Now insofar as [Dr. Robbins's] comments upon things that were concluded or testified to at the de bene esse, he can do that but not commenting on these, on these. So insofar as the doctor disagrees with . . . for the reasons set forth in his reports, in his previous reports and things that flow from that, he's certainly permitted to testify. But just not these things.
The judge also granted plaintiff's in limine motion and barred defendants from introducing any evidence of plaintiff's 2012 automobile accident.

The court's September 20, 2018 order regarding the ruling on the motion in limine was not filed until October 22. For reasons unexplained by the record, although the proposed order specifically listed the four items that Robbins was prohibited from discussing, the court struck out the reference to the July 2017 MRI. It may be that the judge struck this from the order because Dr. Robbins's third report clearly said he had only seen the radiologist's report, not the actual MRI study.

The jury saw Dr. Carollo's videotaped deposition testimony. Dr. Carollo was not plaintiff's treating doctor but, based upon his clinical examination and review of her medical records, he concluded plaintiff suffered a number of injuries in the accident, including two disc herniations with nerve root radiculopathy. He identified the July 2017 MRI films, opined that they "correlate[d]" with earlier studies from 2015, and concluded, "[i]f the situation . . . progresses, neurologically, then [plaintiff is] going to have to have surgery." Dr. Carollo explained that plaintiff underwent two epidural injections in November 2016 and April 2017, but they only provided "temporary relief." He acknowledged that they "did [not] solve her problem." Dr. Carollo opined that plaintiff suffered "a permanent loss of a bodily function with regard to [her] neck and lower back."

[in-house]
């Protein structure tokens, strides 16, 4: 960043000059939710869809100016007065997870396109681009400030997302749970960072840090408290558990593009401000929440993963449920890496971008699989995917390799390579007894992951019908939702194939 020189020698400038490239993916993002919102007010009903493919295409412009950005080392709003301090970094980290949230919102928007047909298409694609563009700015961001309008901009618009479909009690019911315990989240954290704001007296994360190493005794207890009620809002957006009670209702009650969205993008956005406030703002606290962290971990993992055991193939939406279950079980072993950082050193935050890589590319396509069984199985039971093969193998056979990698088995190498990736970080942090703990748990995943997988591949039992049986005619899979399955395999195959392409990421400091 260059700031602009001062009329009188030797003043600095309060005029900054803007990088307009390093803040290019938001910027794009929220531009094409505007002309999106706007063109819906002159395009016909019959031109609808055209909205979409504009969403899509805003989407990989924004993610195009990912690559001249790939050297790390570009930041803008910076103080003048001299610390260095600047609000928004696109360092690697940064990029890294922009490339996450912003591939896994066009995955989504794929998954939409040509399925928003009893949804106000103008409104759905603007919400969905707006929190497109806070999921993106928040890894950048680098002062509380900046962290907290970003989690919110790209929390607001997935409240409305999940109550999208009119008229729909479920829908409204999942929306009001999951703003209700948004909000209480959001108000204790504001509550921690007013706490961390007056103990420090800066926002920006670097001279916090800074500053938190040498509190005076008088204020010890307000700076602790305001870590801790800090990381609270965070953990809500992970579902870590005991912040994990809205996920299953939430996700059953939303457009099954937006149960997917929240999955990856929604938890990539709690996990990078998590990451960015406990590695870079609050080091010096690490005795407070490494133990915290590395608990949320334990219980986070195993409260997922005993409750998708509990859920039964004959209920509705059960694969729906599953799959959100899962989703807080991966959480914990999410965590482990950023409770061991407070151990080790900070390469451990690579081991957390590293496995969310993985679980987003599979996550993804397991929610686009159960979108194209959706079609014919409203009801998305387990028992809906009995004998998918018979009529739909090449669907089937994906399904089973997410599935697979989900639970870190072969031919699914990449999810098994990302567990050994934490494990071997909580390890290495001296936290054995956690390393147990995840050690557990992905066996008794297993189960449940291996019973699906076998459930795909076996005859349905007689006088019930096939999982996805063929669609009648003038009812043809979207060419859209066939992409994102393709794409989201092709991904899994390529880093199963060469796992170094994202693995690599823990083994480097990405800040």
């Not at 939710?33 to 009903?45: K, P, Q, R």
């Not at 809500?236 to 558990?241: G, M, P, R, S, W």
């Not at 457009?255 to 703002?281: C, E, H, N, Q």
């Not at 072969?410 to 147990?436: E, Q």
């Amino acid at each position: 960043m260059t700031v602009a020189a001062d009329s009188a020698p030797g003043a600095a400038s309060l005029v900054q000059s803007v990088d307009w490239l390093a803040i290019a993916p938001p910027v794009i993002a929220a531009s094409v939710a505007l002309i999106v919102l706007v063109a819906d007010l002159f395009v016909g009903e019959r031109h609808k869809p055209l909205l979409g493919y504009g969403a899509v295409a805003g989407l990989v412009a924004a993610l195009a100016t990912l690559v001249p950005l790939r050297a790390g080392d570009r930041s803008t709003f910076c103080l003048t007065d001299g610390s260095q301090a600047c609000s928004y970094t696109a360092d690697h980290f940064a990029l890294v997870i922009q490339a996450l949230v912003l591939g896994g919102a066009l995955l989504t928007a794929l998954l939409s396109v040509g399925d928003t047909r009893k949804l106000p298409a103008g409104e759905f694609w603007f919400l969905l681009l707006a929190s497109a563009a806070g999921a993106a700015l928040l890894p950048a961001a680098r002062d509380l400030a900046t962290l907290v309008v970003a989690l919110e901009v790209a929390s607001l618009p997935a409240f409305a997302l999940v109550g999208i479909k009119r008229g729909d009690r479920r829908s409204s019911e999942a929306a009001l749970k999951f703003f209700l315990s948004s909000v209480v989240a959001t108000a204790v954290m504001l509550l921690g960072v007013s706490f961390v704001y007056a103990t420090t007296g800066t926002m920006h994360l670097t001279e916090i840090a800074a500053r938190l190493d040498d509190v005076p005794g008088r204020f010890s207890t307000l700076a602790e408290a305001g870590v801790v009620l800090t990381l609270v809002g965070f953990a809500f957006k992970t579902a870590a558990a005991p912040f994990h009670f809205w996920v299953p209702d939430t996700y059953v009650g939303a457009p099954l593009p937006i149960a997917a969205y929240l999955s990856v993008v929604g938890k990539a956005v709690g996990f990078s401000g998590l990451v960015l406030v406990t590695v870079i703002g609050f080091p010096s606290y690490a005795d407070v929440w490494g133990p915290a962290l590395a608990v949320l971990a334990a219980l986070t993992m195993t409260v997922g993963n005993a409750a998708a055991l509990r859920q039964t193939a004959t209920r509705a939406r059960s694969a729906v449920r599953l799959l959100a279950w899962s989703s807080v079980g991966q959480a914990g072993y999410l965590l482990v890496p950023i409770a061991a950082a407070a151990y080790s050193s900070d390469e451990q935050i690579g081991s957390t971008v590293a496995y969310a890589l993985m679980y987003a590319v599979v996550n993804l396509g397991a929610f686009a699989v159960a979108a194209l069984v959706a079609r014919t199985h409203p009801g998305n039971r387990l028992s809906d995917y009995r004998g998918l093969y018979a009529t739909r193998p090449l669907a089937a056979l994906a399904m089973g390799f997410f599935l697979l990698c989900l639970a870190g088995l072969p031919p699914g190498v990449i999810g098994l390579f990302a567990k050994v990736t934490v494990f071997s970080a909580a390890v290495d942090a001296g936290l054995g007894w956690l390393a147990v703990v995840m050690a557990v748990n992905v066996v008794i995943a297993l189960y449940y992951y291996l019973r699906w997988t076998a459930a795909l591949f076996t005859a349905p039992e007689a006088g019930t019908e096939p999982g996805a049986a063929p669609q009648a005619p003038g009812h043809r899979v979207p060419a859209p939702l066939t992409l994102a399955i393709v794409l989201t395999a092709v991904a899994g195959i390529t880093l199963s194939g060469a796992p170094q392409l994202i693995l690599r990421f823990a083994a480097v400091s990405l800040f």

Before Dr. Robbins testified, the judge asked defense counsel if he had discussed the court's prior rulings with the witness. Defense counsel indicated that he had. However, after Dr. Robbins alluded to plaintiff having undergone x-rays in 2012, the judge excused the jurors and addressed counsel with the witness present. The judge expressed his concern that Dr. Robbins's testimony about these x-rays suggested plaintiff had prior injuries, and that implication "fl[ew] in the face of [his] ruling." Plaintiff's counsel reiterated his understanding that Dr. Robbins could not testify about the four items excluded by the judge's prior ruling. The judge said that was correct, and directing his comments to the doctor, said, "[a]ny of the other things that you reviewed afterward, we don't want you to discuss."

Then somewhat confusingly, the judge said, in fairness to defendants, he would permit the doctor to compare earlier studies and later studies, apparently the studies from 2012 and 2015. He explained this would permit defendants to pursue their central argument: "[plaintiff] had this accident; whatever injuries she has on her spine couldn't have been caused by it, because the other image is exactly the same. . . . [T]hat's what I ruled so that those issues could come out in fairness." When the jury returned, defense counsel only asked Dr. Robbins about the studies referenced in his first two reports, displaying for the jury MRIs from 2015, and his opinion that plaintiff had not suffered a permanent injury.